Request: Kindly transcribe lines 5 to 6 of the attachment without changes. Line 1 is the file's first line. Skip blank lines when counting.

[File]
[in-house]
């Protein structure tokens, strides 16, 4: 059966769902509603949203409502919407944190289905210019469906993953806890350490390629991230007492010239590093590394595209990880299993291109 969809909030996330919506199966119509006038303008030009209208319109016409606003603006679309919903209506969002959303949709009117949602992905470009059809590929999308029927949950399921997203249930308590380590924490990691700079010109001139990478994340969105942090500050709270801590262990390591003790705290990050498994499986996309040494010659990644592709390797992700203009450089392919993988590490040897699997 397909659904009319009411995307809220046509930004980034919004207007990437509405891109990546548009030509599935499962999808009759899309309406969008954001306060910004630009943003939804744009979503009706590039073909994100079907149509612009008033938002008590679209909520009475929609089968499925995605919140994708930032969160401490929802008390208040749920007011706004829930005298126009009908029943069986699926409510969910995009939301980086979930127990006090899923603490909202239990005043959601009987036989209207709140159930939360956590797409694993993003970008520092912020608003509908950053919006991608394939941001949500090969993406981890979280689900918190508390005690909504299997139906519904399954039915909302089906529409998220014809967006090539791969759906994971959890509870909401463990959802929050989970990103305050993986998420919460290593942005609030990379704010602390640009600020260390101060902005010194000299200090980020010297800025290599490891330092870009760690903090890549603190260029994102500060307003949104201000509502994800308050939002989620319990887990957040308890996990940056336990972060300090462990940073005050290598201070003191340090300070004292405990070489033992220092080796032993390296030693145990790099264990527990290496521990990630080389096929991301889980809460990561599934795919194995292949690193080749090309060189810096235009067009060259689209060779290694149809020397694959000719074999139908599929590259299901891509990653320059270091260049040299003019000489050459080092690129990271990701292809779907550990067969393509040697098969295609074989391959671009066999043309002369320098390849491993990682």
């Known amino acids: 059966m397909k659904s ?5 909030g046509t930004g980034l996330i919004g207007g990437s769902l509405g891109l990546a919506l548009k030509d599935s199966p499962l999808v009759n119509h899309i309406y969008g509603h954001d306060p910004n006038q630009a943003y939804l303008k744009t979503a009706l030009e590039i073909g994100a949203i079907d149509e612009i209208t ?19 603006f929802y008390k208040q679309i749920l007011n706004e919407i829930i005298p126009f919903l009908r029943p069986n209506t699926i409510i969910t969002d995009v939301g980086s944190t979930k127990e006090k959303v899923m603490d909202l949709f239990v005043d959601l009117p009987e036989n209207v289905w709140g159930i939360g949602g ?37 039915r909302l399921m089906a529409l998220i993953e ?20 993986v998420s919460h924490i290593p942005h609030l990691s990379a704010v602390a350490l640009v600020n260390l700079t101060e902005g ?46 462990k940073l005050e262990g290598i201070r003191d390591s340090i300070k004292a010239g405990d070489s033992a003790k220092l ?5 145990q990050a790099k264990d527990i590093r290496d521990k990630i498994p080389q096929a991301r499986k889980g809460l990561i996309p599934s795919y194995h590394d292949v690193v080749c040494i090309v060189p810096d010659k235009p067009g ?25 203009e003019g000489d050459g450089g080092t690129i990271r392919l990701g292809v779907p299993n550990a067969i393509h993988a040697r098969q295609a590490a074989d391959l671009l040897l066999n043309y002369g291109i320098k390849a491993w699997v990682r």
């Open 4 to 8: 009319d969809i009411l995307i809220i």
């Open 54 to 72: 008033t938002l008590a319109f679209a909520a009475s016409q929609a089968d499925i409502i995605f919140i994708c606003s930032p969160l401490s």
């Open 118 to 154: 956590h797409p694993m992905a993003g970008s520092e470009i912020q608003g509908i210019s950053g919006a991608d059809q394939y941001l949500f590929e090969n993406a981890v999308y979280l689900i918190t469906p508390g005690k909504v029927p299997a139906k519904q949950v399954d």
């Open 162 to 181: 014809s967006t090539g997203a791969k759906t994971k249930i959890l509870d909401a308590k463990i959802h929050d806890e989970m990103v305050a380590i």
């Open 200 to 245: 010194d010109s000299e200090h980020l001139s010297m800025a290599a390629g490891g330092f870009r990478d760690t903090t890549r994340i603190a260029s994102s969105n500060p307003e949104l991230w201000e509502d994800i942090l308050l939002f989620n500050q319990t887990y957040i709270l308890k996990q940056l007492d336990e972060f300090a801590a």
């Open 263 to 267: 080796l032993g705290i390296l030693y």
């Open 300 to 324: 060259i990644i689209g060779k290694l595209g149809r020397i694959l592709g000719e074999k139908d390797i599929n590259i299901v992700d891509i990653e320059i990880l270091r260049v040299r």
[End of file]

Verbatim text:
């Open 54 to 72: 008033t938002l008590a319109f679209a909520a009475s016409q929609a089968d499925i409502i995605f919140i994708c606003s930032p969160l401490s």
């Open 118 to 154: 956590h797409p694993m992905a993003g970008s520092e470009i912020q608003g509908i210019s950053g919006a991608d059809q394939y941001l949500f590929e090969n993406a981890v999308y979280l689900i918190t469906p508390g005690k909504v029927p299997a139906k519904q949950v399954d």